Tang Tang, an assistant professor of communication at UA who studies audiences' multiplatform media experiences during big sporting events, expects Sochi will be the first "fully mobile Olympics," as more viewers rely on phones and tablets to stream live events, access sports news and highlights, participate in social media and view less-popular "niche" sports, such as curling. But she is quick to add that people will not be ditching the television screen for the computer monitor or mobile device. Tang and her coauthor, Roger Cooper of Ohio University, found that those who viewed the 2012 London Summer Olympics on multiple platforms — often simultaneously — reported spending significantly more time watching television coverage than those whose experience was limited to the television screen.
Digital media enhances experience
"Digital use of Olympic content both broadened and individualized viewers' traditional television experience and, therefore, will become an increasing trend for Olympics viewing and continue to impact the audience's mega sporting event experiences," Tang says. "Digital media does not diminish interest in traditional television — it enhances it." In fact, the 2012 London Olympics — which offered U.S. viewers an unprecedented 5,500 hours of coverage across TV, Web and mobile platforms — were not only the largest online, social media and mobile event in U.S. history, they were also the most-watched television event, attracting 219.4 million viewers, Tang says.
She explains that the Olympics are less of a sports experience and more of a social event, and that television is better suited for group viewing than digital media. Moreover, the Olympics attract both sports fans and non-sports fans alike, and people of all ages, genders and ethnic groups, Tang adds.
TV has role to fill
She suggests that, during the Olympics, national identity trumps other forms of identity, uniting people in a common feeling of patriotism. The Olympics also attract more female viewers than most sporting events, Tang adds, because it offers more balanced coverage of women athletes, features more gender-neutral sports and provides an opportunity to spend time with family and friends. Tang plans to conduct more research on multiplatform media uses, especially social media, for the Sochi Winter Olympics.
Photo: Four out of 11 modules identified by an algorithm to the filtered network. This classification shows relationships between diseases and traits based on shared etiology for certain phenotypes. The diseases and traits in these clusters have more connections to each other than to others in the network: the bolder the line, the stronger the connection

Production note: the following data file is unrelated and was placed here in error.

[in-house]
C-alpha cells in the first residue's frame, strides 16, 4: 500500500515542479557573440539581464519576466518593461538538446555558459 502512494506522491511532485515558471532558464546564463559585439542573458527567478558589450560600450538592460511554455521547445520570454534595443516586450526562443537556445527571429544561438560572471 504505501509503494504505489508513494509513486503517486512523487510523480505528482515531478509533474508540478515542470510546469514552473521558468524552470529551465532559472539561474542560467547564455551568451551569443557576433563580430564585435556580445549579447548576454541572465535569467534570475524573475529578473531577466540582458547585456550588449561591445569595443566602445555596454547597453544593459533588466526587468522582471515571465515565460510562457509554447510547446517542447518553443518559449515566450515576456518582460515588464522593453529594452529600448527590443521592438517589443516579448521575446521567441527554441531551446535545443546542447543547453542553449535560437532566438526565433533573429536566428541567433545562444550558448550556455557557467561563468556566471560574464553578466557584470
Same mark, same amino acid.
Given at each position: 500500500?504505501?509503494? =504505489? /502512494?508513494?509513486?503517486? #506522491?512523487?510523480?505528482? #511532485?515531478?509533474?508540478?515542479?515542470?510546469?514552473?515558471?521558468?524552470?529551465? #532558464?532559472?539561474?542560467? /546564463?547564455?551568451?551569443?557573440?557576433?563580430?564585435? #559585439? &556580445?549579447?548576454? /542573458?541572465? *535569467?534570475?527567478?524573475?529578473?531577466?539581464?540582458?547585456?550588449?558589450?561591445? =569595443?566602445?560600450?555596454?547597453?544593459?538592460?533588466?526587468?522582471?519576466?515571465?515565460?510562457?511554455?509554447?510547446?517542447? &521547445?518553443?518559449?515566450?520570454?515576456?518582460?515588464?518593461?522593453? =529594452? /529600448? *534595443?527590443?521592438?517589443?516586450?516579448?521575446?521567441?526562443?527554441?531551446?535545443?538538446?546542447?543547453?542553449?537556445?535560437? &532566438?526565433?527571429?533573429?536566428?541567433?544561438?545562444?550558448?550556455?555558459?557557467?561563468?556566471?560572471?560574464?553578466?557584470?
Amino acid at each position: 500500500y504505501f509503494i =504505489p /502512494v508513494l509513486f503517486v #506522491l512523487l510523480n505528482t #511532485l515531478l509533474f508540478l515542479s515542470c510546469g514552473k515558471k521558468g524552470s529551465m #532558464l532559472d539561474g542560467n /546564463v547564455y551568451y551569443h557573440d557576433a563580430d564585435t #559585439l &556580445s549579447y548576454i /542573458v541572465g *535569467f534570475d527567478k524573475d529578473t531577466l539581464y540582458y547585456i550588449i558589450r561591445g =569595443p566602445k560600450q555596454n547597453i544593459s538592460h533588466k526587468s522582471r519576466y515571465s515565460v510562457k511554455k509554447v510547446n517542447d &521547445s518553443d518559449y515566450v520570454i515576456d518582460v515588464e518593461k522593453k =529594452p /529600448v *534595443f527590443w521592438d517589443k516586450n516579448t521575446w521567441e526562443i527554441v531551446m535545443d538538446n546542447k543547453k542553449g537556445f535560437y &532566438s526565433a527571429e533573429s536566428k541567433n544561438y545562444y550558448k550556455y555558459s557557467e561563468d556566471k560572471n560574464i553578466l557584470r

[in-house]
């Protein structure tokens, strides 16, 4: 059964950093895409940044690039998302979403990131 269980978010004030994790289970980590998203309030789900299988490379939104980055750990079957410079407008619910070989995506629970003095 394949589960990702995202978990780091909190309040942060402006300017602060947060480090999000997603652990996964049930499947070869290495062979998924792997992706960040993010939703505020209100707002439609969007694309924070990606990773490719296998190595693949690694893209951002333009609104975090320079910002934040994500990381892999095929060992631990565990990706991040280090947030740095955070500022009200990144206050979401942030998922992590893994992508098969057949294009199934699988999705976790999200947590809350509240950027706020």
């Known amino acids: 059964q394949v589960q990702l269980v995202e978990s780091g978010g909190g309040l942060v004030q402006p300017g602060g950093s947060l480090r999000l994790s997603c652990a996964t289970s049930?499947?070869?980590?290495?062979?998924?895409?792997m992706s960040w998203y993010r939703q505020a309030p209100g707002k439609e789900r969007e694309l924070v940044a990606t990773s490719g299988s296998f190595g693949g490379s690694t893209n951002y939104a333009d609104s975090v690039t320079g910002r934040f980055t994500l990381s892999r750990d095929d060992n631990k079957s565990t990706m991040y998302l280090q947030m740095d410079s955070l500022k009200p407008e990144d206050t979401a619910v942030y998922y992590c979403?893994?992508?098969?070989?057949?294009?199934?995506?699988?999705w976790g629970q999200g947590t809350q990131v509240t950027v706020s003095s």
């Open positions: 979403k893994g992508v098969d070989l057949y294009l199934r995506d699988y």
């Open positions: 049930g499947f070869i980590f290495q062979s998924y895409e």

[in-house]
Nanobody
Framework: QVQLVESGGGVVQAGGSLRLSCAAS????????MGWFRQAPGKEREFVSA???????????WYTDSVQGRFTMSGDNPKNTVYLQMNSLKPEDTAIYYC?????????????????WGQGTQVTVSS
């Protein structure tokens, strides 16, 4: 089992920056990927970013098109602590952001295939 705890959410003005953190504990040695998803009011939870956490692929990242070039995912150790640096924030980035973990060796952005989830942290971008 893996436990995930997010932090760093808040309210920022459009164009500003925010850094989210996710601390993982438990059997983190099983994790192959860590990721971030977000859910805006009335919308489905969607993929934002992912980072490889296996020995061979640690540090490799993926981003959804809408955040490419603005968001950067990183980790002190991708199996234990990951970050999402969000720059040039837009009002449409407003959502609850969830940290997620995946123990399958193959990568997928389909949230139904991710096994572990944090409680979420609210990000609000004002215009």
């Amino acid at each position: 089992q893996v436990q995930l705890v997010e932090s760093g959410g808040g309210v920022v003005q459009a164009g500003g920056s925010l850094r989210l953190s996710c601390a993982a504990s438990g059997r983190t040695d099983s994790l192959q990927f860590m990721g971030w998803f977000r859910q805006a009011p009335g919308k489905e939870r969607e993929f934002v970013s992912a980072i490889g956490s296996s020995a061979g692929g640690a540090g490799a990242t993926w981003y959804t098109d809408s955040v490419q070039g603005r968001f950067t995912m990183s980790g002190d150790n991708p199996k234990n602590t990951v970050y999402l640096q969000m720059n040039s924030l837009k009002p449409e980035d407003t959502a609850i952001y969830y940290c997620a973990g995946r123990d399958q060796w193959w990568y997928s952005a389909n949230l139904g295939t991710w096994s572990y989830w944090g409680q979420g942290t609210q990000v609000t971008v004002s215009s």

Dartmouth researchers developed a new biological pathway-based computational model, called the Pathway-based Human Phenotype Network (PHPN), to identify underlying genetic connections between different diseases as reported in BioDataMining; this week. The PHPN mines the data present in large publicly available disease datasets to find shared SNPs, genes, or pathways and expresses them in a visual form.
"The PHPN offers a bird's eye view of the diseases and phenotype's relationships at the systems level," said Christian Darabos, PhD, post-doctoral fellow, Institute for Quantitative Biomedical Sciences (iQBS), Dartmouth College.
The PHPN uses information in human disease networks in conjunction with network science tools to show clusters of related disorders sharing common genetic backgrounds. It does so without the typical clinical classification of disease, in which all heart disease or all cancers are grouped together, based on clinical presentation. Dartmouth geneticists instead rely on the information contained in the PHPN's topology to automatically classify traits and diseases by their shared genetic mechanisms, such as common genes or pathways. PHPN explores the connections between the layers of the networks to find patterns and relationships.
"The intuitive network representation of the knowledge mined from several large-scale datasets makes the information accessible to anyone. It lies at the crossroads of computational genetics, systems biology, information theory, and network science," Darabos said.
PHPN supports the integration of genomic and phenotypic data to uncover significant links between traits, attributes, and disease. This offer tremendous potential in identifying risk factors for certain diseases. At the same time, it can reveal important targets for therapeutic intervention.
"As a proof of concept, the PHPN has proven capable of identifying well documented interactions, and many novel links that remain to be explored in depth," said Darabos.
The PHPN reveals biological connections between seemingly disparate displays of genetic properties and offers a unique view of the architecture of disease.
This tool can help researchers identify areas for further investigation based on connections it uncovers. "The PHPN is a hypothesis-generating tool, potentially capable of identifying yet uncharacterized common drug targets," said Darabos.
As a next step, iQBS researchers will refine statistical methods, isolate networks for optimal results, and compare previous work on phenotype networks.
Authors of the paper, "The Multiscale Backbone of the Human Phenotype Network based on Biological Pathways," include: Jason Moore, PhD; Scott Williams, PhD; Christian Darabos, PhD, Marquitta White, Britney Graham, and Derek Leung.
The study was supported by NIH grants RO1 EY022300, LM009012, LM010098, AI59694, GM103506, and GM103534
Developing Knowledge: IQBS
Institute for Quantitative Biomedical Sciences (iQBS) at Dartmouth College develops, advances and supports interdisciplinary education, research and infrastructure in the quantitative biomedical sciences including bioengineering, bioinformatics, biophysics, biostatistics, computational biology, genomics, epidemiology, proteomics, structural biology, systems biology, and related areas.
Implementing Knowledge: Norris Cotton Cancer Center